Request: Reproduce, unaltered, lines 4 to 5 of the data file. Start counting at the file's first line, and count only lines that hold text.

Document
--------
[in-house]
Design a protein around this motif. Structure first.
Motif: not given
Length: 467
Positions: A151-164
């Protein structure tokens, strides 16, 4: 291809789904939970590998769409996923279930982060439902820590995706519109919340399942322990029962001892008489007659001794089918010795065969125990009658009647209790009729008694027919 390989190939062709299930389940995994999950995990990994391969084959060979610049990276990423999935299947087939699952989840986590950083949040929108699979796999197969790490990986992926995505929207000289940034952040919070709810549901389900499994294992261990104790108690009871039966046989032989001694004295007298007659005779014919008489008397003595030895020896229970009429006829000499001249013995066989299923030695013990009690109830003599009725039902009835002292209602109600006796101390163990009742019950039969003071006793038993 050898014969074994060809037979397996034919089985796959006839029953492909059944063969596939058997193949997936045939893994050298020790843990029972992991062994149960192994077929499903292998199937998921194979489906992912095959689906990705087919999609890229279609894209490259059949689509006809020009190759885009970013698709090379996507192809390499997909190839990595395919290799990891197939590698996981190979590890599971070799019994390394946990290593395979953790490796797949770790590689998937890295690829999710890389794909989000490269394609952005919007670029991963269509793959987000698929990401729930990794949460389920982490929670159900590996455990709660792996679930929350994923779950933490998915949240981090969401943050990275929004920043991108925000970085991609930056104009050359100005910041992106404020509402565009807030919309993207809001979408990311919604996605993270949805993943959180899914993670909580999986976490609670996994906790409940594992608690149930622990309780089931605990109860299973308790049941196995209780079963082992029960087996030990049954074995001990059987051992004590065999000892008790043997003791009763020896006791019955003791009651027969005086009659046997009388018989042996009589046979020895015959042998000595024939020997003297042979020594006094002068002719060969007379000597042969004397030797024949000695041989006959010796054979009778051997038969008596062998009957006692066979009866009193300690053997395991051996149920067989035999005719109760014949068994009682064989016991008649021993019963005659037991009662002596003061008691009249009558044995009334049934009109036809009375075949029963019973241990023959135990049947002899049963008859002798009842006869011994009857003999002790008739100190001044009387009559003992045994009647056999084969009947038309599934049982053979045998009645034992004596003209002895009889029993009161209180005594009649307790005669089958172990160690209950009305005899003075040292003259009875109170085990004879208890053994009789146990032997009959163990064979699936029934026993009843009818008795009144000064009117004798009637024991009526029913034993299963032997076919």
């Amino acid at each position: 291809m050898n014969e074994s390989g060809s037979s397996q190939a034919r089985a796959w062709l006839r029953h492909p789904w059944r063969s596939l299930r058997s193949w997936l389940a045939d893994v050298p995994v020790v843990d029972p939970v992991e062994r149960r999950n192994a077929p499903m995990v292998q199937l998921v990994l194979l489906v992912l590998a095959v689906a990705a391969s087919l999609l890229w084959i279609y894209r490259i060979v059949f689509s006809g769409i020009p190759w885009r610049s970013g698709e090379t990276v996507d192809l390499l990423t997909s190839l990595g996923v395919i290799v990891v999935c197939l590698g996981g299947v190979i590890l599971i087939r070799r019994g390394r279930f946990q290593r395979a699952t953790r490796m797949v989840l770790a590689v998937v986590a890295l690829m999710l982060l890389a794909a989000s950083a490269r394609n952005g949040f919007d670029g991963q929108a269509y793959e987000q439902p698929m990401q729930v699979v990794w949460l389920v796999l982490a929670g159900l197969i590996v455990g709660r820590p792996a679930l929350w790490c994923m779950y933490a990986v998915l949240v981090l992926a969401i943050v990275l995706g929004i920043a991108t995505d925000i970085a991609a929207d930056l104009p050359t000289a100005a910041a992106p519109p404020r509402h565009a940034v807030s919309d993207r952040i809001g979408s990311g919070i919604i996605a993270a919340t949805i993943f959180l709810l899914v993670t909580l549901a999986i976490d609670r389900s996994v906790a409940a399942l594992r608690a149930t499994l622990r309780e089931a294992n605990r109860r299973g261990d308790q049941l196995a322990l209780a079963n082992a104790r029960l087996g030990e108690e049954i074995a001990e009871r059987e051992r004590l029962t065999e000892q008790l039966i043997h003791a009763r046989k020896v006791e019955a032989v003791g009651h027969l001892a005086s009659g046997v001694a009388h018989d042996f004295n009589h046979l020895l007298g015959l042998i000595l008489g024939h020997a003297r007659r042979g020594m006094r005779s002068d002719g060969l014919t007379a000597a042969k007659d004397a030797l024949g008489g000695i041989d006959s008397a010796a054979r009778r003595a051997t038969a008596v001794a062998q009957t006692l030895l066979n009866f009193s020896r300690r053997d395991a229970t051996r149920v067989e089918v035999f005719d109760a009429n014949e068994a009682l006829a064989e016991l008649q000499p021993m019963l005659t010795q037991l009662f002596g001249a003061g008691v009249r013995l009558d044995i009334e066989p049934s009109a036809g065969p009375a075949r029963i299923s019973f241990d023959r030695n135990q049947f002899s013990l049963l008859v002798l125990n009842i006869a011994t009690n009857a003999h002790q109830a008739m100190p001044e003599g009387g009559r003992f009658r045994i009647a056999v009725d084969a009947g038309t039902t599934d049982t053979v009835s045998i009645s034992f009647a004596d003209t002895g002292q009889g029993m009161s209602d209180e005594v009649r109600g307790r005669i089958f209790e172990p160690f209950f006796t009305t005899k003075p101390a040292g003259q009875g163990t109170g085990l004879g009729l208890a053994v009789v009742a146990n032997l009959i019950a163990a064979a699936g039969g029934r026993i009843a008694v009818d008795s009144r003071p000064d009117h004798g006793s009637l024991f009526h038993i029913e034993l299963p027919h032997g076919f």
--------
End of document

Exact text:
Length: 467
Positions: A151-164